The Importance of Myth-making in Religious Trauma Recovery
Emily Hedrick is a former pastor turned religious trauma informed spirituality coach who uses neuroscience and spirituality to help people reclaim their lives from toxic religion. Find out more on her website: goingodless.com or on instagram: @goingodless
This blog section is dedicated to publishing guest posts from authors expressing different opinions and points of view about spirituality. The accent is on faith deconstruction, spiritual and church abuse, and how to build a free and healthy spirituality outside the box of religion.
As I've looked into the neuroscience of spirituality, I've become more aware of how all of our experiences are mediated through our brains. Differentiating what is real from what we perceive is quite the task.
And it may not be that useful of a task. Our brains take in all kinds of information, but the story we tell about that information is ultimately what helps us function.
In his book, Neurotheology, neuroscientist Andrew Newberg puts it this way, "Our brain has no choice but to construct myths so that we may have some type of working framework of what the world is and how to interact with it."
I think I sensed this intuitively about how religion might function for humans, and that was why I was interested in pastoring as an atheist. Being a person with influence to shape the big myths we tell about what it means to be alive in this universe is an exciting, artful task, one that intrigues me much more than trying to parse through perception and reality on a minute level so that I can be "right."
The question I continue to ask, now that I’ve left religion, is "What is useful?"
If we bring some intellectual humility to the stories we tell about what it means to be alive, we also have the opportunity to intentionally shape the myths we hold to match our values, to honestly tell our stories, to guide us to making human experience more poetic and more vibrant.
Being able to acknowledge the function of myth is an important part of religious trauma recovery. I often see people embracing nihilism after leaving religion, and that myth (yes, even nihilism is a myth) is very useful to anyone who has had their sense of purpose and meaning hijacked by a controlling religion. Meaning and purpose become threats to people who have been spiritually exploited. At first, nihilism is a great way to feel safe.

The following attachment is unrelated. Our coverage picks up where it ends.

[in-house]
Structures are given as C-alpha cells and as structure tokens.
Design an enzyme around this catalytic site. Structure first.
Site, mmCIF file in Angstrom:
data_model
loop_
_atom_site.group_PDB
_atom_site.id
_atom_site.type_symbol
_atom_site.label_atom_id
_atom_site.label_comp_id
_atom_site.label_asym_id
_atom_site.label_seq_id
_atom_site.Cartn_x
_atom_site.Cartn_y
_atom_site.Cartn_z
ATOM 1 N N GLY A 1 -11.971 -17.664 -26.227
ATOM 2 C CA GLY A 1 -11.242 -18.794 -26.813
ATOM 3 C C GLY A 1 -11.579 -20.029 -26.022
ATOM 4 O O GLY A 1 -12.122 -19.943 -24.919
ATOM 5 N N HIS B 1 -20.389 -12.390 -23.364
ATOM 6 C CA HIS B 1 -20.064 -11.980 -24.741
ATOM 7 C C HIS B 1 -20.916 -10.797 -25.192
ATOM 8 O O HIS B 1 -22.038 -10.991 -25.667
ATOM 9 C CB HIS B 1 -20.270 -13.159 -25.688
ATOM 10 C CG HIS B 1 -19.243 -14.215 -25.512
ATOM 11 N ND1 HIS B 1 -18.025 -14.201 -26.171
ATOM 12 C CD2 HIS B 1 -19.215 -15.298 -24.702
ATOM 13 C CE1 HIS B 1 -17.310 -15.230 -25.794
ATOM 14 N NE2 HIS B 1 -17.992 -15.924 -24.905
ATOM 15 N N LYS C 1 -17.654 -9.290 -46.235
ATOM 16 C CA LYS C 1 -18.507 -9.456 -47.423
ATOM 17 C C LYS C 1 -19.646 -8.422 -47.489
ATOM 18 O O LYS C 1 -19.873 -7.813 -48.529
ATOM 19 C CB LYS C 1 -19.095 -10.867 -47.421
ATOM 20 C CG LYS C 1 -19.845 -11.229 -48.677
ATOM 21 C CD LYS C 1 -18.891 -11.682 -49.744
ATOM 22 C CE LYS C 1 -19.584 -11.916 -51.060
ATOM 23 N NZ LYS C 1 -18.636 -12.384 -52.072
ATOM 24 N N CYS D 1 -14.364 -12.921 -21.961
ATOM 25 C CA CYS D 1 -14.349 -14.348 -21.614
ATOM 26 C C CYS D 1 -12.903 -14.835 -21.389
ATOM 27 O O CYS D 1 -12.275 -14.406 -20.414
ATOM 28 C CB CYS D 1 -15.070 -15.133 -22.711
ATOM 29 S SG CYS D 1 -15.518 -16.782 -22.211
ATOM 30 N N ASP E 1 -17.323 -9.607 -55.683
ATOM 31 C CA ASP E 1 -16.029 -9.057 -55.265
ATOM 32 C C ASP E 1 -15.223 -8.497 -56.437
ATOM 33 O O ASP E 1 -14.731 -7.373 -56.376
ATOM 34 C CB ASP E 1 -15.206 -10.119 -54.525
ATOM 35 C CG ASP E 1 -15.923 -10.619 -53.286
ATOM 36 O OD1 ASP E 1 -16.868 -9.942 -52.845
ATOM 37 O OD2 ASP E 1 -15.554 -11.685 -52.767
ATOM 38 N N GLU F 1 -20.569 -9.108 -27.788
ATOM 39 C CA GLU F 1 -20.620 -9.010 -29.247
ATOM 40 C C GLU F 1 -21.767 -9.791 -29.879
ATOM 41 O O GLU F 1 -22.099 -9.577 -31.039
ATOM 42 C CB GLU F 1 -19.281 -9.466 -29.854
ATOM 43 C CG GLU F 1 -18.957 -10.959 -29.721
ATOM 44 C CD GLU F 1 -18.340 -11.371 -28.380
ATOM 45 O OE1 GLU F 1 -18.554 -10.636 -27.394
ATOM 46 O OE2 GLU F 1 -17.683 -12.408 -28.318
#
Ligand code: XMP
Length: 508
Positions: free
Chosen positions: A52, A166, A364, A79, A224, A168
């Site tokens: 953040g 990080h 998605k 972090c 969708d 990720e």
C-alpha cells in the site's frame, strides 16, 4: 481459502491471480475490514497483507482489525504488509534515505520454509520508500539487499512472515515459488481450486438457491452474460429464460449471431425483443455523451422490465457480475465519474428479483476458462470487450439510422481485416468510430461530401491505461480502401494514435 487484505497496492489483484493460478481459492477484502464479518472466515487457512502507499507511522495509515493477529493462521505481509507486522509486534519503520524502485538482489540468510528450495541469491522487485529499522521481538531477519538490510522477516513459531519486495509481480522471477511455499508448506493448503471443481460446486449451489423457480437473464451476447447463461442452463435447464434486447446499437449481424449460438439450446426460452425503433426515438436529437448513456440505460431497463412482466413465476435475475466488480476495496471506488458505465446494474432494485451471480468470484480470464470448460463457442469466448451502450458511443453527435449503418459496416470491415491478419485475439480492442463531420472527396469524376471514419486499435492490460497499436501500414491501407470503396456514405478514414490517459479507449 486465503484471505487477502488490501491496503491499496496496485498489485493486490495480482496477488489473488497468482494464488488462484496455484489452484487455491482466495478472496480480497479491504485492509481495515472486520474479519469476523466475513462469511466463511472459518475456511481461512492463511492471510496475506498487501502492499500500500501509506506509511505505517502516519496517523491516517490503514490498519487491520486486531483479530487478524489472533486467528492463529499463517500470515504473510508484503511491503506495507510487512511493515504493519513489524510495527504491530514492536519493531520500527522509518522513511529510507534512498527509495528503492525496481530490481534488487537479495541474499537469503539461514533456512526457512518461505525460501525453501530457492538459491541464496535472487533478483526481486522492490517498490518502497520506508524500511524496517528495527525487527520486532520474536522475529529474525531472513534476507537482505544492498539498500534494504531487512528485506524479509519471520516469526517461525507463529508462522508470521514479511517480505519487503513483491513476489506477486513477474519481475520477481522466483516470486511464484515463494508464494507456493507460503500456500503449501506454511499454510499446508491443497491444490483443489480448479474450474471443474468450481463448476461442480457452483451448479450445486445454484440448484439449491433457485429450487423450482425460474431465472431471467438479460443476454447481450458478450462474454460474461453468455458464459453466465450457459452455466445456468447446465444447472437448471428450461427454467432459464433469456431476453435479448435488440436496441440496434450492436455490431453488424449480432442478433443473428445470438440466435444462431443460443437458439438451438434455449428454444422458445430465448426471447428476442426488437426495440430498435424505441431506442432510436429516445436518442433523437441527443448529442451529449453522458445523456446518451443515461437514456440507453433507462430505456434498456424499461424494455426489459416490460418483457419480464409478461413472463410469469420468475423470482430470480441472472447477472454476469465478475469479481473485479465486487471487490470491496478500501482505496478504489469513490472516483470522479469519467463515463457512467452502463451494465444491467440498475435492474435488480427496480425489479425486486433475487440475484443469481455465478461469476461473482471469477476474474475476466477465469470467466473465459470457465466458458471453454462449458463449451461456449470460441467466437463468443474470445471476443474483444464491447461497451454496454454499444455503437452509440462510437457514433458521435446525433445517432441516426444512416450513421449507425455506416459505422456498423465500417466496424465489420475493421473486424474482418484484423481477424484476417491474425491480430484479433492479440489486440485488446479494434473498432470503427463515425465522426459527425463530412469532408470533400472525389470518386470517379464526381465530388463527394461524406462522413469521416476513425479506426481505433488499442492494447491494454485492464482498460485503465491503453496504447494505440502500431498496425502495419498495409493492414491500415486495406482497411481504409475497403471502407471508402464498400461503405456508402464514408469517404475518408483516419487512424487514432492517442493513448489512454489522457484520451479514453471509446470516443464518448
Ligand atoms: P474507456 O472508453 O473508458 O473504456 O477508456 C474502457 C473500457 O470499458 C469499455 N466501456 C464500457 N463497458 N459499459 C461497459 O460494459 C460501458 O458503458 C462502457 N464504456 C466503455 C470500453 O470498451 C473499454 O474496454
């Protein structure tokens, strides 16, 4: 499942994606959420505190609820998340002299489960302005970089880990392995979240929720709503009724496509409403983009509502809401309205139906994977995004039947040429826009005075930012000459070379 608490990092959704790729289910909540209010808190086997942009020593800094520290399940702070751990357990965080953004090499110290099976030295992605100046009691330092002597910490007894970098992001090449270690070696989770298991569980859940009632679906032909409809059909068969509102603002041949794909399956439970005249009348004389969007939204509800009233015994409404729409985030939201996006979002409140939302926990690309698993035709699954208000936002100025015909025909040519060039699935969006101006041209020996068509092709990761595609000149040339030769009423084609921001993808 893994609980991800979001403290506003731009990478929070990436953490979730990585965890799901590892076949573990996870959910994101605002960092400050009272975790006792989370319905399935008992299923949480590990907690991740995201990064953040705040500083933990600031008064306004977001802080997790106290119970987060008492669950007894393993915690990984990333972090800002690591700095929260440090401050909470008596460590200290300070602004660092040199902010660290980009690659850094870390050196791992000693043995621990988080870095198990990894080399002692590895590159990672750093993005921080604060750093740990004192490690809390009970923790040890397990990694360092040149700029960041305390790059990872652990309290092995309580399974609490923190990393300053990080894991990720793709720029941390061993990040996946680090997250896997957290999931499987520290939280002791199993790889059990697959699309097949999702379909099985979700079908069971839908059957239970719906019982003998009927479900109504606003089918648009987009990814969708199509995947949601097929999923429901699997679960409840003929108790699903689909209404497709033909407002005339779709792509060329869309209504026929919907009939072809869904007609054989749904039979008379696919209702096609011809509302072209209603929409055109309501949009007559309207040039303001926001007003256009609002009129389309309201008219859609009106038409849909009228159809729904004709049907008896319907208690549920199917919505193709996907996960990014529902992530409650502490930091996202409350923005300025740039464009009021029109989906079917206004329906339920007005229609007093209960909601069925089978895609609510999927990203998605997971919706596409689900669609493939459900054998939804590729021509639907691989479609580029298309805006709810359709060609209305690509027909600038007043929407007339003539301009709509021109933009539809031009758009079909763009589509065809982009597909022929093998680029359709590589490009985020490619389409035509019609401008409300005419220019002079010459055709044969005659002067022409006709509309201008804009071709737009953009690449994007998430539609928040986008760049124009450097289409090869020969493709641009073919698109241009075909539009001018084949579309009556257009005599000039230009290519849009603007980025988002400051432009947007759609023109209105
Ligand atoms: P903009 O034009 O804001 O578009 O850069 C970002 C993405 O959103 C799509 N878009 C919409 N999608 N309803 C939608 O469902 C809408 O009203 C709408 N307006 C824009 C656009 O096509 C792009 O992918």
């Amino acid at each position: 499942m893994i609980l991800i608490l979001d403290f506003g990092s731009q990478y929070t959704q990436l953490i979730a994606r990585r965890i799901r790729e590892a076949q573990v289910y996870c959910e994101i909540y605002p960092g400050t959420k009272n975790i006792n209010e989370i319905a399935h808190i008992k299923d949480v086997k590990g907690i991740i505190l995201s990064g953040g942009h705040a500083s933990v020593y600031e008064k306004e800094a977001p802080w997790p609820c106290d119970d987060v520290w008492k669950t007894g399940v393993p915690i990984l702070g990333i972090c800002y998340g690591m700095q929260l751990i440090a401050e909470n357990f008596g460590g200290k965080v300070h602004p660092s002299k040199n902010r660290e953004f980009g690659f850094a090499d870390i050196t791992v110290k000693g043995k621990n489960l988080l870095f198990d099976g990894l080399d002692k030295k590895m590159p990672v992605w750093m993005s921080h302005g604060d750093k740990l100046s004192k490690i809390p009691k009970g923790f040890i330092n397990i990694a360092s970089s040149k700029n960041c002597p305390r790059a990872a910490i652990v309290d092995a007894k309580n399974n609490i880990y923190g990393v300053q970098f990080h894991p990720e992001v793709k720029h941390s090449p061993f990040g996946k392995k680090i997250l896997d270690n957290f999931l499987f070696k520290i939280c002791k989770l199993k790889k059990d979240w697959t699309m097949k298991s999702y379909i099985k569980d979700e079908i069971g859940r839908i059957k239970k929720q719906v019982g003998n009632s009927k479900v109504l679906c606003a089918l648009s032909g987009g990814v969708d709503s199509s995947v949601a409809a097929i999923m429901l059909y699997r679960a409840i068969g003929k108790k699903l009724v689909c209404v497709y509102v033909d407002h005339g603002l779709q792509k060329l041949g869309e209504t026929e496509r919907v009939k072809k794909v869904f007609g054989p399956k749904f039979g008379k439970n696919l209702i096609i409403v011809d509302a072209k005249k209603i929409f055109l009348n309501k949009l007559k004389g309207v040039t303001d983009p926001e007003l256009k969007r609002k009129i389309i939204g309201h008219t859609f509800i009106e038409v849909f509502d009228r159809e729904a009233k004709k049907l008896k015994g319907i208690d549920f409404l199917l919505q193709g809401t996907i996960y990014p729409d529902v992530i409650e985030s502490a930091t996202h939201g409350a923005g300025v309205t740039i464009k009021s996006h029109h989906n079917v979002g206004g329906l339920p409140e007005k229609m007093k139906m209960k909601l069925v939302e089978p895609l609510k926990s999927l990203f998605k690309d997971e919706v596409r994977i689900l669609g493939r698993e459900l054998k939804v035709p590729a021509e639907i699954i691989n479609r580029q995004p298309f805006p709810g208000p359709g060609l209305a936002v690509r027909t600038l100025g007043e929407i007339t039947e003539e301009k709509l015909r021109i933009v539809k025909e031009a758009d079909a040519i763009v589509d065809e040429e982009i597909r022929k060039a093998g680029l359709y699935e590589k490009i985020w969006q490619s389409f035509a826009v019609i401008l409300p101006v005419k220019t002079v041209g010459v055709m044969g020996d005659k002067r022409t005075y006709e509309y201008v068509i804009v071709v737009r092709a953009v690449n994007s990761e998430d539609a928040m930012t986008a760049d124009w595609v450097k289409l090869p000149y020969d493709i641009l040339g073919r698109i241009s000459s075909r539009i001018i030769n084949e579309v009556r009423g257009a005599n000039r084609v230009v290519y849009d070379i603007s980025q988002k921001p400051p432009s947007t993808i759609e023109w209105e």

But the big looming question to consider after establishing safety is “now what?” Once safety has been achieved, what do I want to do next? Why bother with the rest of the healing process? What is waiting on the other side?
This is where nihilism, claiming no meaning or purpose at all, can get in the way of the healing process. Nihilism is more about nothing than something, so it doesn’t replace toxic religion well.
If I don’t know who I want to be, what I want to do with my life, what ethics and morals I’m intentionally striving toward, what myths I want to embrace, I will be stuck in the meaning, purpose, and morals from the religious community that traumatized me - even if my purpose is to be not that.
Establishing a personal sense of meaning and purpose, a personal set of myths, is imperative to truly leaving. It provides that sense of identity that differentiates me, my value, my safety from conforming to the previous group.
And our brains are here to help us identify what stories, values, and practices matter to us, and then weave them into the myths we depend on to be human in this world.
We will always be myth-makers. Let's create useful ones.